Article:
With all the clattering, the rails usually fly straight into the air, then drift out awkwardly a few yards to land back on the ground. That’s when the team hits them with spotlights, stunning them for a moment. “It gives us a second to try to catch up,” Lueck, the eager young volunteer, says.
Once in hand, the rails are banded with tiny, numbered bracelets, weighed, and measured. Feather samples are drawn and send to labs in North Carolina and Oklahoma for analysis, both for DNA and hints of the birds’ breeding sites. In December, the team also began attaching mini radio transmitters (hence the eyelash glue) to help reveal migration movements and nesting locations. Weighing about the same as a paper clip, the device is designed to fall off the rails’ backs after a few weeks. The group will then try to recapture the bird to swap in a fresh tracker.
The surveys are labor-intensive, but they’ve already paid off. For instance, Audubon Louisiana scientists now know that unbroken stretches of gulf cordgrass yield the best Black Rail numbers. “When you get 50 percent of the grass, rail occupancy goes way up,” Lehman says. This marsh type, with its higher, drier soils, is only found in a narrow strip near the Gulf shore, making it vulnerable to climate change and various eroding factors. “As we lose land in Louisiana, it’s the first to go,” Lehman says.
That’s where the pending USFWS decision could help. A spot on the endangered species list wouldn’t directly reverse land loss, but it might ease some of the Black Rail’s other woes. The draft rules proposed by the agency suggest restricted grazing, haying, and agricultural mowing in Black Rail habitats. They also highlight prescribed marsh burns, a common practice on the Gulf Coast used by federal and state land managers today to kill invasive plants and reduce large brush fires. Recent research hints that carefully managed blazes may actually make marshes stronger by encouraging healthy new growth that’s more resistant to erosion. What the USFWS wants, however, is to avoid burns in the middle of Black Rail nesting season, or in areas with high-concentration populations.
Johnson of Audubon Louisiana says that grazing and fires are potentially beneficial to rails, depending on how they’re managed. Both practices, he thinks, can keep woody and invasive plants from crowding out the open, grassy habitat rails prefer.
Another looming issue is the liquid natural gas boom in southwest Louisiana. One export terminal recently opened in Cameron Parish, a hotbed for rail activity, and eight more large facilities are proposed nearby.
Johnson says the survey’s most fruitful spot—a privately owned marshland in Cameron, where more than half the Black Rails have been tagged—is slated to have a 400-acre gas terminal alongside it by 2024. The operation would bring noise, light, traffic, and pollution, he says, but that’s not the only problem: As seawater drags away stabalizing soils, the shoreline of the marsh has retreated by about 70 feet over the past 20 years, a faster pace than much of the rest of the state.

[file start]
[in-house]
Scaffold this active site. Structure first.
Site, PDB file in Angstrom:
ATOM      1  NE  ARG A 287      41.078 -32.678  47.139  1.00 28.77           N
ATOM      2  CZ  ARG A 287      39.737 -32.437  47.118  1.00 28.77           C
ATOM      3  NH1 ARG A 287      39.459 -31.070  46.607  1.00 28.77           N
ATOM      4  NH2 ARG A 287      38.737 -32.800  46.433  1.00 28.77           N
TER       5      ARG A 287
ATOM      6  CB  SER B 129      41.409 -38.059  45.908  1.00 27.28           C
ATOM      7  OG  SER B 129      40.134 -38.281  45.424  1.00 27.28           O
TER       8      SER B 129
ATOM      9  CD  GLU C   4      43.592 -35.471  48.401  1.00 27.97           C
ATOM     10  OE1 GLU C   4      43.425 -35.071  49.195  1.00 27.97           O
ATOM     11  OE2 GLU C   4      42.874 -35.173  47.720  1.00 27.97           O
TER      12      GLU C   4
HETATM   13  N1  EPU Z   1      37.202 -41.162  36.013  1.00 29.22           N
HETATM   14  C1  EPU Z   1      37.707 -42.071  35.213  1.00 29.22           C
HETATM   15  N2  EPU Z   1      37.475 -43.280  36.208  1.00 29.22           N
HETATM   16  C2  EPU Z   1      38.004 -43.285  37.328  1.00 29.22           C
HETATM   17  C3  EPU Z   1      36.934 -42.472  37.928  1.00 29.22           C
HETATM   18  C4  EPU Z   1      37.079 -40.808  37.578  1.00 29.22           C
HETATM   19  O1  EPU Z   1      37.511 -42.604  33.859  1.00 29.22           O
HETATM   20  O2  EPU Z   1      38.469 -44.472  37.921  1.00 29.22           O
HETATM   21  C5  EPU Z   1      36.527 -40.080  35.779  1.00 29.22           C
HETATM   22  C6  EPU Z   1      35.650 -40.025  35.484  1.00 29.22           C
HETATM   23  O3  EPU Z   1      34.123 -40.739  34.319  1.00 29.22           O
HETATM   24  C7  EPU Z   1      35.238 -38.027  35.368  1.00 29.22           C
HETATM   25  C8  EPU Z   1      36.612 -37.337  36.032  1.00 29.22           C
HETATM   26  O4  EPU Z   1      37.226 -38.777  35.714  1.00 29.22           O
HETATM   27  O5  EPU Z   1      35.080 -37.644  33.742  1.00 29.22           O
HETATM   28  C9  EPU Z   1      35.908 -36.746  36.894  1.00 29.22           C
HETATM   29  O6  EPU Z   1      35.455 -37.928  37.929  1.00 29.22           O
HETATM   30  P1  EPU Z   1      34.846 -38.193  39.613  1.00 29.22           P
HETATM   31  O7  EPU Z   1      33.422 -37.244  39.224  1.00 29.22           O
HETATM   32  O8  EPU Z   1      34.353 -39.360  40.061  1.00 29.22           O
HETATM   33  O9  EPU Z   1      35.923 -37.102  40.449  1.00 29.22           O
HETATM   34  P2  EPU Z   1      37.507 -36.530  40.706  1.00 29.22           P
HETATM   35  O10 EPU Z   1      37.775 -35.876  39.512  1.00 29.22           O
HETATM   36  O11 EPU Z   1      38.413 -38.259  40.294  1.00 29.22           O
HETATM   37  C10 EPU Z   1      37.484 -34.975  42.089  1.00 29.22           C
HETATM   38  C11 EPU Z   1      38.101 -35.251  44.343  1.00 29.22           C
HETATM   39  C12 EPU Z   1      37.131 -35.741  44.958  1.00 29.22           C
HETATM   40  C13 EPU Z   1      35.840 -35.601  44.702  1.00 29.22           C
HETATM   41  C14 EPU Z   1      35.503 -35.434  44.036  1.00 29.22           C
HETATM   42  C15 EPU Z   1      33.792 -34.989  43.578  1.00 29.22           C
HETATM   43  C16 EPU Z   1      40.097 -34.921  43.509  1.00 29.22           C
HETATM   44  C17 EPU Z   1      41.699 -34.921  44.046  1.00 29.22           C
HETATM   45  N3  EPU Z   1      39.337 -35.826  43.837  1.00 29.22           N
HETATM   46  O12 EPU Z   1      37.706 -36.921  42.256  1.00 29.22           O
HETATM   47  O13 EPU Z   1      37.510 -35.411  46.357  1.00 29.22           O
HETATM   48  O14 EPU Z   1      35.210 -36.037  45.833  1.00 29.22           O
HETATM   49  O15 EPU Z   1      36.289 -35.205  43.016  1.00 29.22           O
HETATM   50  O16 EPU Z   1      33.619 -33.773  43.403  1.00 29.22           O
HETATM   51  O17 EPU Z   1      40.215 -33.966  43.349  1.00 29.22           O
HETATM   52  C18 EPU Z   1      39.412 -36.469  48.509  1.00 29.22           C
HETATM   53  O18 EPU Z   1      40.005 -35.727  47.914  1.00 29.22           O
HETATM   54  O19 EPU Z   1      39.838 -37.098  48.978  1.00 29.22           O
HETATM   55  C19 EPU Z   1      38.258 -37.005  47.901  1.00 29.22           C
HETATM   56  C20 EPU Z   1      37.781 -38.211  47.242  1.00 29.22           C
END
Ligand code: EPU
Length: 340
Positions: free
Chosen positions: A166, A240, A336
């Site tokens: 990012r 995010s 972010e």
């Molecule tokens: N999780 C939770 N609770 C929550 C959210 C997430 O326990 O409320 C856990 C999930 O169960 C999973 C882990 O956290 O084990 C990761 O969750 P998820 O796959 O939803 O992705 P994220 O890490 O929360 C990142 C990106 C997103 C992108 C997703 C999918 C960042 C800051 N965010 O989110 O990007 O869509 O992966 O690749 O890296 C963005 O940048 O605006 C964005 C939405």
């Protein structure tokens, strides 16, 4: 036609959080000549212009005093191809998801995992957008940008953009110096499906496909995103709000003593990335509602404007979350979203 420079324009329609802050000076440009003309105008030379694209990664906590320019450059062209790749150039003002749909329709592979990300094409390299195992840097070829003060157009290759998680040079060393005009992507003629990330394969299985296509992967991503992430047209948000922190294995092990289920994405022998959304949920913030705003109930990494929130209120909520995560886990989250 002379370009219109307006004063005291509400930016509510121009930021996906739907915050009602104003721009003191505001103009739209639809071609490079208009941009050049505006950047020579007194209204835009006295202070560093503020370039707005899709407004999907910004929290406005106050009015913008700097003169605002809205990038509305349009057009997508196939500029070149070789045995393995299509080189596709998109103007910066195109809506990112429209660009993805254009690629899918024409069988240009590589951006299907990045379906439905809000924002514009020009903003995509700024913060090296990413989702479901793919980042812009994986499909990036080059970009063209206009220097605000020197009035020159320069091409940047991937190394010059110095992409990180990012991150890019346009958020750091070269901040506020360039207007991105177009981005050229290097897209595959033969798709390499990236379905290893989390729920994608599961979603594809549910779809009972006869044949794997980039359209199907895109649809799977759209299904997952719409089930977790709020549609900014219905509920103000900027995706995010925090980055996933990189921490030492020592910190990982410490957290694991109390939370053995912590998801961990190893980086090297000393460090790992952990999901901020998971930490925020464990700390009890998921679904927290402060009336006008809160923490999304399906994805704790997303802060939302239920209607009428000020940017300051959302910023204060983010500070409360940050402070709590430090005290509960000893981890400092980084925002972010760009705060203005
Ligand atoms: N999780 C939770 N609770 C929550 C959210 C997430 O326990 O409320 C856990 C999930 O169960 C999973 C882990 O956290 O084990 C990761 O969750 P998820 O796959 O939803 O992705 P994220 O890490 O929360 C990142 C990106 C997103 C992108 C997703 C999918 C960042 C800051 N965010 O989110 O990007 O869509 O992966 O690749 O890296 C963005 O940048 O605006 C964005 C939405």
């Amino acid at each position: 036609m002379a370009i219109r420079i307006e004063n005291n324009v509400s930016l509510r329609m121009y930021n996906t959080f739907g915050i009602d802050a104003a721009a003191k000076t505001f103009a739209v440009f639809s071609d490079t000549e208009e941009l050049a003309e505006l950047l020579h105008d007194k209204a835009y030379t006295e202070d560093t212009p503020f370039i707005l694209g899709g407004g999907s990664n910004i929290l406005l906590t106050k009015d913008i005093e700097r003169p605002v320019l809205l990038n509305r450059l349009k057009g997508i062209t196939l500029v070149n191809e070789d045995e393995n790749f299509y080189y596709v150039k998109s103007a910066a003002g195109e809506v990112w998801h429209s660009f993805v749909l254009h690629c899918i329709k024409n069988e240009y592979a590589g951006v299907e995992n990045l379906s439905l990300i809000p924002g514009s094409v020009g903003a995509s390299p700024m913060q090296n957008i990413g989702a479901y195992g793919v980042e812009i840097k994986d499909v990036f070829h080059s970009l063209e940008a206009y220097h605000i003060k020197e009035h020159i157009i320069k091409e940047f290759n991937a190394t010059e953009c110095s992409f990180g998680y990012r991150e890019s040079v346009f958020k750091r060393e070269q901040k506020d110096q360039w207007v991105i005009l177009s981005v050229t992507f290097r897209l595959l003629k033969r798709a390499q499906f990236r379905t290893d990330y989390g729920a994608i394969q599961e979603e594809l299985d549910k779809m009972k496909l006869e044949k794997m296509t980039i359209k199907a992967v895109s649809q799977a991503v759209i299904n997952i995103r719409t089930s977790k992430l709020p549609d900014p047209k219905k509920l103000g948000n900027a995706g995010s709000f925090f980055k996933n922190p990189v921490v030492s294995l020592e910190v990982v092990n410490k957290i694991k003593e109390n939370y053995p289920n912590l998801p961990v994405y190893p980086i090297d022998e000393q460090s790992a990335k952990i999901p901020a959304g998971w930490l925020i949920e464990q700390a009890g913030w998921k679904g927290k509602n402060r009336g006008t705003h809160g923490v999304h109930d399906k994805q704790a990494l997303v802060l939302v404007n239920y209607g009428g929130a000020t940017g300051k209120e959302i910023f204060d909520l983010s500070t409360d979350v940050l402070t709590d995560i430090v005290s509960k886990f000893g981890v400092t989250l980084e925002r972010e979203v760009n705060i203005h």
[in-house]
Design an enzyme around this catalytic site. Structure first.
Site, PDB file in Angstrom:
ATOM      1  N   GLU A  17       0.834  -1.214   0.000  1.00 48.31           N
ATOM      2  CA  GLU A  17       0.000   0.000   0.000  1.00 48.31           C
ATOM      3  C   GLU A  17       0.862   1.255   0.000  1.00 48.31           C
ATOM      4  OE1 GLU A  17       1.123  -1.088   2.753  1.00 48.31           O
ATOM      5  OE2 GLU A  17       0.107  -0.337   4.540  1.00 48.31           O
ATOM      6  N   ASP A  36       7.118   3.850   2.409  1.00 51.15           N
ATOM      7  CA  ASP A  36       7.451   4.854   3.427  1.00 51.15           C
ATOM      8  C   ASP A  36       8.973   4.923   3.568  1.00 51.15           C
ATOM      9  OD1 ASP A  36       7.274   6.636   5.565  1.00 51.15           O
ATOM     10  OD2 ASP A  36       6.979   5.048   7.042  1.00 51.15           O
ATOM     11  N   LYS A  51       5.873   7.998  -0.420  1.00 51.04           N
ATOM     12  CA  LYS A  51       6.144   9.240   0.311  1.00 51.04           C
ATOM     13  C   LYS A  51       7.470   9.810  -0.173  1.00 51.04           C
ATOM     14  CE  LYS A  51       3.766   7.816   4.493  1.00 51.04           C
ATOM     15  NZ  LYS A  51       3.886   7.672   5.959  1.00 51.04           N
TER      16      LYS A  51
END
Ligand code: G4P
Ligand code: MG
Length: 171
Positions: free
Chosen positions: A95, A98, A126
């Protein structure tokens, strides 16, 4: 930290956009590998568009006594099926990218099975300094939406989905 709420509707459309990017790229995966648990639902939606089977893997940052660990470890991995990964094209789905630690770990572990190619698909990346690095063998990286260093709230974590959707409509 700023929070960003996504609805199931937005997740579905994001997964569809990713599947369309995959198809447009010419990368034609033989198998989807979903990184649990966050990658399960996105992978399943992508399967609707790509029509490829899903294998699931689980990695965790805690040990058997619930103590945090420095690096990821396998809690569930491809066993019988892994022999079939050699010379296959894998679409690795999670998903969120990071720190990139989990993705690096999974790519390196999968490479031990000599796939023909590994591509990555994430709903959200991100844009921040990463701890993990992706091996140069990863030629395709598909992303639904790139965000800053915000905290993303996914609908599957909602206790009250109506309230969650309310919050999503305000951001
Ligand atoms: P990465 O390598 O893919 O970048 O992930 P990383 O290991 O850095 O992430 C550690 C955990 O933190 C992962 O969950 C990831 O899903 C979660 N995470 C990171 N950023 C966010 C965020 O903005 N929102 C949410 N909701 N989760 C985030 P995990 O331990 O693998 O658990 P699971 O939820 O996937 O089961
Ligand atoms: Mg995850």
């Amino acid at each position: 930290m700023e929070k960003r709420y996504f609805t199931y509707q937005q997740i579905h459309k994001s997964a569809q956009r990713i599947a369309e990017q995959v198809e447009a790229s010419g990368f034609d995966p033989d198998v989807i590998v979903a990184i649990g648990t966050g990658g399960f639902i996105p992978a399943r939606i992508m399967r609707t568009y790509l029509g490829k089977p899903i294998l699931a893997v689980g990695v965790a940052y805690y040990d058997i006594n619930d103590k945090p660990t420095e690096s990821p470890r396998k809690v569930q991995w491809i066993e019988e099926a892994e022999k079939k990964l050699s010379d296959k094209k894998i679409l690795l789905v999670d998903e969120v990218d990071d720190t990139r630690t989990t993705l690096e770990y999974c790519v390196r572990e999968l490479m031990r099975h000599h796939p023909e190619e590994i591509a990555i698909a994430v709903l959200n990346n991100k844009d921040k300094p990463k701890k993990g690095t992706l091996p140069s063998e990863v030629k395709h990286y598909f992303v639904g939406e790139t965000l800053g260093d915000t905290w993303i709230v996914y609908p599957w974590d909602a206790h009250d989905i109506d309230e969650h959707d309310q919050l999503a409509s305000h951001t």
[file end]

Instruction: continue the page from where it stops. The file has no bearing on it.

“It’s the holy grail site for Black Rails,” Johnson says. “And it’s about to be inundated.”
n the end, the Audubon Louisiana study isn’t just about the survival of Black Rails. The team caught five of seven U.S. rail species in that January weekend, including Soras, Virginias, Yellows, and a hen-size Clapper. They’ve logged data on a total of 16 Soras, 44 Virginias, 55 Yellows, 15 Clappers, and 15 Black Rails, and have found that all five species thrive in the elevated cordgrass marshes. If Black Rails get bumped to protected status, their rail cousins will benefit by default, Lehman says.
As he plans his final surveys of the year, Lehman is grateful for the hundreds of field hours his scouts—mostly students from local colleges and high schools—have put in. Lueck, a wildlife management student at McNeese State University, who grew up hunting and frogging, is among the most dedicated: His weekends are now reserved for the forays on the coast. “Much of volunteer research is sitting around and watching,” he says. “But with this, you’re running down birds in the dark out in the marsh. It’s as fun as you can get.”
Fournier, who’s studied Black Rails for nearly a decade, hadn’t seen a live one until she went out with Lehman and his crew. “It sounds silly, but I stood there and cried,” she says. As the surveys continue, she expects them to produce new insights on how rails feed, migrate, and breed—all of which will be critical if the bird is granted threatened species status. “If we’re going to protect them, this information is really fundamental for any next steps,” Fournier says.
In the meantime, scientists will keep pulling graveyard shifts and coaxing out answers, one ghostly marsh bird at a time.
The reporting for this story was done in collaboration with NOLA.com | The Times-Picayune.